February 2018 Nordic Oikos conference in Trondheim

Aveliina, Liis and Liina participated at the Nordic Oikos conference 2018, held in Trondheim, Norway, 19-22 February. Aveliina gave a presentation titled ’Extinction debt of arbuscular mycorrhizal (AM) fungi on declining grasslands’. She was also invited to share her ideas in a panel debate “The importance of ecological science in society “– Or: How can ecology and ecologists make a difference? Liis made a poster presentation about the disappearance of good dispersers from European grasslands. Liina had also poster about winners and losers in European grasslands.
The theme of the conference was “The importance of ecological science in society”, with a solid focus on the need for fundamental ecological science. There were excellent keynote speakers and days full of exciting presentations.


February 2018 Sabrina participated in a bioinformatics winter school in Switzerland

Between 11-17 February Sabrina participated in the winter school "Bioinformatics for Adaptation Genomics" (BAG) in Weggis, Switzerland, hosted by ETH Zurich. She returned to Tartu with invaluable know-how on bioinformatics-related topics, such as genetic analyses using restriction-site associated DNA (RADseq) and RNA sequencing, whole genome sequencing and methods for dealing with low quality sequencing data. Among 30 participants from 11 countries all over the world, Sabrina got a chance to get a hands-on experience with bioinformatics analysis of real-life data and to discuss relevant topics with leading experts in the field.


February 2018 Science communication workshop in Tallinn University

15th of February Aveliina, Tsipe, Liis and Elisabeth participated in science communication workshop, led by science communication lector Arko Olesk from Tallinn University and researcher Asko Lõhmus from Tartu University. Communication with media is highly needed, but not an easy task for scientists, it requires certain knowledge, self-confidence and practice. One of the first advice from this workshop was that scientists should have clear message, which they publish in a right time and place, and for the right audience.

February 2018 Nature quiz for high school students

On February 7, Tallinn 32nd Secondary School held a traditional nature quiz, which was dedicated to plants this time. The guest members of the jury were Ülle Reier and Kai Vellak from the Department of Botany and Ester Valdvee from the Estonian Orchid Protection Club. As always, the fourth member was the school's physics teacher Aarne Silas. The event was organized by biology teacher Krista Kiisler and 12b class students. Seven teams of five members from the elementary level and eleven from the secondary level took part of the competition. Each member of the jury introduced its activities and presented five illustrated questions in its field. The quiz was well organized and very entertaining thanks to the event's managers and practical physics tasks. Winners and photos of the event can be seen here.

February 2018 Conservation Week in Novaator

In the beginning of February science news portal Novaator had a conservation week. During this week following articles-opinions about nature protection were published with the help of Tsipe, Aveliina and Mart Meriste:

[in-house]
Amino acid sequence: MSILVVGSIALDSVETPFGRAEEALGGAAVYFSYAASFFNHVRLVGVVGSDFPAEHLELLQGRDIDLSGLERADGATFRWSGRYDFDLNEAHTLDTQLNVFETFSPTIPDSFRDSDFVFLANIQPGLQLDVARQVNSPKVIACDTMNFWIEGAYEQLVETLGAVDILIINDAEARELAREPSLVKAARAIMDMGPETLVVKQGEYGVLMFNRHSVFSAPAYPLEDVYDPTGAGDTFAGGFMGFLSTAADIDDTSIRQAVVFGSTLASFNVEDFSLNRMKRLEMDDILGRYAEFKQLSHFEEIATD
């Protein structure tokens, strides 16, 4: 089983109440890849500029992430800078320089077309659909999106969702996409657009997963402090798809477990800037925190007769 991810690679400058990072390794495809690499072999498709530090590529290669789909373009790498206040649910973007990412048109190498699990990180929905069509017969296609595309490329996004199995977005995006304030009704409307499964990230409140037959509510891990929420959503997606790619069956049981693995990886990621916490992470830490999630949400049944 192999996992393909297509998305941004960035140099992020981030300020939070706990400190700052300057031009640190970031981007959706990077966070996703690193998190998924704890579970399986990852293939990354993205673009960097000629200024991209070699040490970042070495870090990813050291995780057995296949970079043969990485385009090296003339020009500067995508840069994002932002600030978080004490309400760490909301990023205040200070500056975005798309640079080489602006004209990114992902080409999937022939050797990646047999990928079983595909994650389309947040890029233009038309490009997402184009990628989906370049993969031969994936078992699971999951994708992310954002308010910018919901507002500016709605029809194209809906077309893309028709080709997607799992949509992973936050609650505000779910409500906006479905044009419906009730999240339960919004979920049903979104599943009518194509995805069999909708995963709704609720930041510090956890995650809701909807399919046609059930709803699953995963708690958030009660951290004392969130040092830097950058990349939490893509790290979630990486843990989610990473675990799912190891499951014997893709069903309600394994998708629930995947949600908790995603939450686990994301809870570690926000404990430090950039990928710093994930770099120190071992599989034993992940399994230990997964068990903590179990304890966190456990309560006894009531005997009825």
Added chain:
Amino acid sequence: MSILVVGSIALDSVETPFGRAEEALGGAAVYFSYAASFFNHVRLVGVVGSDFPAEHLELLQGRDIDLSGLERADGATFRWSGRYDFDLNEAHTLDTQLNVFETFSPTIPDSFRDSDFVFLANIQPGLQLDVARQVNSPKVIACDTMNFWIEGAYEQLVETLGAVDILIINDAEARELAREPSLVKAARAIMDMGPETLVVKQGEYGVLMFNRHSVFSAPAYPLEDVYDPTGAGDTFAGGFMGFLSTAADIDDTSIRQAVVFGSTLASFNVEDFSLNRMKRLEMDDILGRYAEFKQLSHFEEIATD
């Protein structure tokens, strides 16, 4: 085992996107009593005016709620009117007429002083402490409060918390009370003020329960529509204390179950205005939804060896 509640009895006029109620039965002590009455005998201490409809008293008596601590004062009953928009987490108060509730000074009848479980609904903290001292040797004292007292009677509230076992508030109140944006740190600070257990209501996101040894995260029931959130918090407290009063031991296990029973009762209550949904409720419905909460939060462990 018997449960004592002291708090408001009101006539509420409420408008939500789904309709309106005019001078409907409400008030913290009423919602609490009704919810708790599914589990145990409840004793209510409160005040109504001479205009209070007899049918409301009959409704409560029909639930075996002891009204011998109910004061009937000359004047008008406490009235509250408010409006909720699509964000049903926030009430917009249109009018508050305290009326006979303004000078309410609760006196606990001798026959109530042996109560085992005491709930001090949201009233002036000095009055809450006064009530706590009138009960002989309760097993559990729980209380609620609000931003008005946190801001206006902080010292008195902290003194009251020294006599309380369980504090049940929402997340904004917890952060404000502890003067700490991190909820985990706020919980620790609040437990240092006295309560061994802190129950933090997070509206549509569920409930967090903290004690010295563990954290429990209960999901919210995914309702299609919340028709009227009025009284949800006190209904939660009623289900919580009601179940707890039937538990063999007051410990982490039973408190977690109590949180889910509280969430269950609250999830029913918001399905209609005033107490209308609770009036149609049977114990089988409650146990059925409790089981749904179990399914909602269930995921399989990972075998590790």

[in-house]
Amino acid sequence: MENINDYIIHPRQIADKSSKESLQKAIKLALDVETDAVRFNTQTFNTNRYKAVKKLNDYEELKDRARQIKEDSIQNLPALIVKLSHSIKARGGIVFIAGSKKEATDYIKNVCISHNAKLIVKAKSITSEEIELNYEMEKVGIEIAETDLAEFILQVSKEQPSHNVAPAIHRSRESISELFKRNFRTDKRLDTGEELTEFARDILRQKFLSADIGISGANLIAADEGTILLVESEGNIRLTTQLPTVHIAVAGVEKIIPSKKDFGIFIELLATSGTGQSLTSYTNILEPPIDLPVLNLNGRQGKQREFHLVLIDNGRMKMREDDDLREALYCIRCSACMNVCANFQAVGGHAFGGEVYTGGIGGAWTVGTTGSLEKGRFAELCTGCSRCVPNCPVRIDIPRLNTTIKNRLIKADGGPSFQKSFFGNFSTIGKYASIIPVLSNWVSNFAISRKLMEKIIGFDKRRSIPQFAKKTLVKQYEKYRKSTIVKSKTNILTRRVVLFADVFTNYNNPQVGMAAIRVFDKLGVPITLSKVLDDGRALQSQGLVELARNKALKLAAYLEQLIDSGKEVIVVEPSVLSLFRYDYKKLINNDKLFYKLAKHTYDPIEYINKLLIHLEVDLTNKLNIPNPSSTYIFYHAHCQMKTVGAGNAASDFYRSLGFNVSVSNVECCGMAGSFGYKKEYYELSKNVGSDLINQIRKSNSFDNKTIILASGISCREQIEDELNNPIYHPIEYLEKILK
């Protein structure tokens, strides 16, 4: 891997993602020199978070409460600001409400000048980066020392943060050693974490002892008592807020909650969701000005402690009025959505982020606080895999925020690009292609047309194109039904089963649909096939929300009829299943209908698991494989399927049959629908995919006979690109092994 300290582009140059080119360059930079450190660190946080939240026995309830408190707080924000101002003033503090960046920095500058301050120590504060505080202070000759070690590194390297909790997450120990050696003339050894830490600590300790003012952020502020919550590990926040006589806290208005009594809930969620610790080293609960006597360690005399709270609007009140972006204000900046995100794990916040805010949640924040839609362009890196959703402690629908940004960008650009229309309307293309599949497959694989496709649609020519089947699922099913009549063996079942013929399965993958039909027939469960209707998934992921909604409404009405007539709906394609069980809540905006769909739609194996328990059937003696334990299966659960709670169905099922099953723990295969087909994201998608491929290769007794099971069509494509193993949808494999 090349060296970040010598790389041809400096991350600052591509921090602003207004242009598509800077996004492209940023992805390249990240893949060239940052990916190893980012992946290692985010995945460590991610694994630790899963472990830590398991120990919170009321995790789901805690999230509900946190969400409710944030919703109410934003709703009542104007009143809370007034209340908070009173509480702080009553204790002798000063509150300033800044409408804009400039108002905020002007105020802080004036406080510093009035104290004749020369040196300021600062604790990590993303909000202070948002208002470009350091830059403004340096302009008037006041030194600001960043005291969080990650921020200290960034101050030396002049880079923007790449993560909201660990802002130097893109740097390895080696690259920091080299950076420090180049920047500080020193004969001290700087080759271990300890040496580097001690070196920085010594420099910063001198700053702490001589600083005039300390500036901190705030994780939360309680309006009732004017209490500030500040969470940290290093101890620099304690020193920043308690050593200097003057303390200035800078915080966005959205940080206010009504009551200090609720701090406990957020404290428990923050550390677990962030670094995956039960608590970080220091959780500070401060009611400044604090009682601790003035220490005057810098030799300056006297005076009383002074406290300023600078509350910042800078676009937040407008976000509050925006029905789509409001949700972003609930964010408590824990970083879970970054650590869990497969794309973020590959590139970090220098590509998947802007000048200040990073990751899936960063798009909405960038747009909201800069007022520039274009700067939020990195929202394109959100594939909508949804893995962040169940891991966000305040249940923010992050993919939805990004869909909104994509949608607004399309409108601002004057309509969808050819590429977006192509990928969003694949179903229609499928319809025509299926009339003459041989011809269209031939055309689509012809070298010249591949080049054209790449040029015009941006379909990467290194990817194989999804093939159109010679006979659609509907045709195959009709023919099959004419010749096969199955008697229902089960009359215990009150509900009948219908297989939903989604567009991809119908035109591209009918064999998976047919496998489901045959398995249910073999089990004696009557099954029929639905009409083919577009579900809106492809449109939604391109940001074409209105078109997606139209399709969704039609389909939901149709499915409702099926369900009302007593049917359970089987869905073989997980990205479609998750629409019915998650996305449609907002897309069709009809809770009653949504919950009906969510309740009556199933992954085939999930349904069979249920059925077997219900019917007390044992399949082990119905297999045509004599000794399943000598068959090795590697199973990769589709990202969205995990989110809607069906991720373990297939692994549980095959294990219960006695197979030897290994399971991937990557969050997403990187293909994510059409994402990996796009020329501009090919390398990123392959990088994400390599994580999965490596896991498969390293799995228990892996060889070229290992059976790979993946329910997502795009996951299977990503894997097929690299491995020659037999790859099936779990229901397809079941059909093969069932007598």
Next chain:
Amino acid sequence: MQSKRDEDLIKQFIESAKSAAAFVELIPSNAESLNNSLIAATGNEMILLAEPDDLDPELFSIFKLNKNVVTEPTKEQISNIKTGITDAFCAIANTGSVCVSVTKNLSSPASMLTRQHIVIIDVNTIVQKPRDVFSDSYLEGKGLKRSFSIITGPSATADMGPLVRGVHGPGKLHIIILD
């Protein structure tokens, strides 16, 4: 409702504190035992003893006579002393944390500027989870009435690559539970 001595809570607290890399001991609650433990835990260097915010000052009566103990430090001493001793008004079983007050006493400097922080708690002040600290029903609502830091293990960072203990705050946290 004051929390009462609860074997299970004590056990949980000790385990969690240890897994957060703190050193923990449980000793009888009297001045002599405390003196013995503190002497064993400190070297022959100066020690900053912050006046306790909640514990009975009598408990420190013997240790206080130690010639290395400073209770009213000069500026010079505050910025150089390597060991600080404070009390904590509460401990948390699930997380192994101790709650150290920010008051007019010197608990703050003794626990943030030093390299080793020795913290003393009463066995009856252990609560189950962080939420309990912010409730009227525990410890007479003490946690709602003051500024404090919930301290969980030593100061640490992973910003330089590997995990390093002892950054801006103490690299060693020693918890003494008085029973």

Want to protect nature? - Become a conservation biologist! (in Estonian)
The price of nature's contributions: how much you would pay for pollination? (in Estonian)
Six new spider species were found from endangered alvar grasslands (in Estonian)

Also a photo story about beautiful alvar grasslands and video how Estonian only arachnologist identifies spiders (in Estonian).

January 2018 Expedition to Réunion island

Meelis and Aurèle together with colleagues from geology department Leho Ainsaar and Tõnu Meidla, and our doctoral school project manager Kristel Taits travelled on the Réunion island to prepare the next PhD expedition, which takes place in November 2018. During one week, they visited the island to analyze the scientific and logistical feasibility of the expedition. In a friendly atmosphere, they had interesting scientific and cultural talks with Dominique Strasberg and Claudine Ah-Peng from the Réunion University helping them to organize and make the expedition a true success.

January 2018 Meeting with nature conservation practitioners

On 23 of January, employees of the nature protection departments of the Ministry of the Environment, the Environmental Board and the National Forest Management Center, and scientists from the University of Tartu gathered in Tallinn to map out the research needed in nature conservation. From our workgroup, Tsipe and Aveliina participated in this workshop. A number of urgent issues were found, which needs to be solved based on scientific research. The event was organized by Asko Lõhmus, the leading researcher at the University of Tartu, whose main activity already for years has been protecting the ecological integrity of nature and developing science-based nature conservation.

January 2018 Visitor from the University of Helsinki

18 of January Etsuko Nonaka from Metapopulation Research Centre, University of Helsinki, visited our workgroup to discuss possible collaboration plans related to landscape genetics with Tsipe. Etsuko is an ecologist, who uses mathematical and computational tools to investigate questions in population ecology, community ecology, evolutionary biology and spatial ecology.


Older news are in the archive!